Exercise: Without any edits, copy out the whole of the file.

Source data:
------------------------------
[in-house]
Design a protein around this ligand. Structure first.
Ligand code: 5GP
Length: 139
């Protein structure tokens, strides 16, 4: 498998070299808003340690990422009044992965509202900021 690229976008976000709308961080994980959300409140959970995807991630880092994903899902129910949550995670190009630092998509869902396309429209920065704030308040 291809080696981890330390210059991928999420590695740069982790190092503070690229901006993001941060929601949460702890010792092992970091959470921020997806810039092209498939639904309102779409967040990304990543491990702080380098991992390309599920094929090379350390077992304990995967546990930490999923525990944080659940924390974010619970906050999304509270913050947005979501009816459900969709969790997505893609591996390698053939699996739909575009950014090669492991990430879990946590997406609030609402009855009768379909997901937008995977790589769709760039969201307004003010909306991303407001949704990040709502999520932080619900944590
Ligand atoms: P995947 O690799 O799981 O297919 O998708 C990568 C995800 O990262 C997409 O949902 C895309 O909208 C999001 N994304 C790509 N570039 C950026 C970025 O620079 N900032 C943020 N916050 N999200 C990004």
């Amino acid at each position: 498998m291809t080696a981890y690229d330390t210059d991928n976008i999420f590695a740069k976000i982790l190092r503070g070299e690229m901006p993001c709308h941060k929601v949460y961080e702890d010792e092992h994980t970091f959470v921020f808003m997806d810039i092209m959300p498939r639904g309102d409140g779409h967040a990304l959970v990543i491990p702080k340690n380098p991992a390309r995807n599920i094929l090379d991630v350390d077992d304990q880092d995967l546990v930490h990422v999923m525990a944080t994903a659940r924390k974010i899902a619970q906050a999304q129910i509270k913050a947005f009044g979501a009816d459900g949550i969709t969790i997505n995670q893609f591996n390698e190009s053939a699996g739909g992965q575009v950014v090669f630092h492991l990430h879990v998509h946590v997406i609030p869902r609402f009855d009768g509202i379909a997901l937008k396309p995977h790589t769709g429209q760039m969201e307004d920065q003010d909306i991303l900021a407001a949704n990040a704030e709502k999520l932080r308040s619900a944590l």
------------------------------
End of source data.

[in-house]
Design a protein around this ligand. Structure first.
Ligand code: 5GP
Length: 139
């Protein structure tokens, strides 16, 4: 498998070299808003340690990422009044992965509202900021 690229976008976000709308961080994980959300409140959970995807991630880092994903899902129910949550995670190009630092998509869902396309429209920065704030308040 291809080696981890330390210059991928999420590695740069982790190092503070690229901006993001941060929601949460702890010792092992970091959470921020997806810039092209498939639904309102779409967040990304990543491990702080380098991992390309599920094929090379350390077992304990995967546990930490999923525990944080659940924390974010619970906050999304509270913050947005979501009816459900969709969790997505893609591996390698053939699996739909575009950014090669492991990430879990946590997406609030609402009855009768379909997901937008995977790589769709760039969201307004003010909306991303407001949704990040709502999520932080619900944590
Ligand atoms: P995947 O690799 O799981 O297919 O998708 C990568 C995800 O990262 C997409 O949902 C895309 O909208 C999001 N994304 C790509 N570039 C950026 C970025 O620079 N900032 C943020 N916050 N999200 C990004």
């Amino acid at each position: 498998m291809t080696a981890y690229d330390t210059d991928n976008i999420f590695a740069k976000i982790l190092r503070g070299e690229m901006p993001c709308h941060k929601v949460y961080e702890d010792e092992h994980t970091f959470v921020f808003m997806d810039i092209m959300p498939r639904g309102d409140g779409h967040a990304l959970v990543i491990p702080k340690n380098p991992a390309r995807n599920i094929l090379d991630v350390d077992d304990q880092d995967l546990v930490h990422v999923m525990a944080t994903a659940r924390k974010i899902a619970q906050a999304q129910i509270k913050a947005f009044g979501a009816d459900g949550i969709t969790i997505n995670q893609f591996n390698e190009s053939a699996g739909g992965q575009v950014v090669f630092h492991l990430h879990v998509h946590v997406i609030p869902r609402f009855d009768g509202i379909a997901l937008k396309p995977h790589t769709g429209q760039m969201e307004d920065q003010d909306i991303l900021a407001a949704n990040a704030e709502k999520l932080r308040s619900a944590l």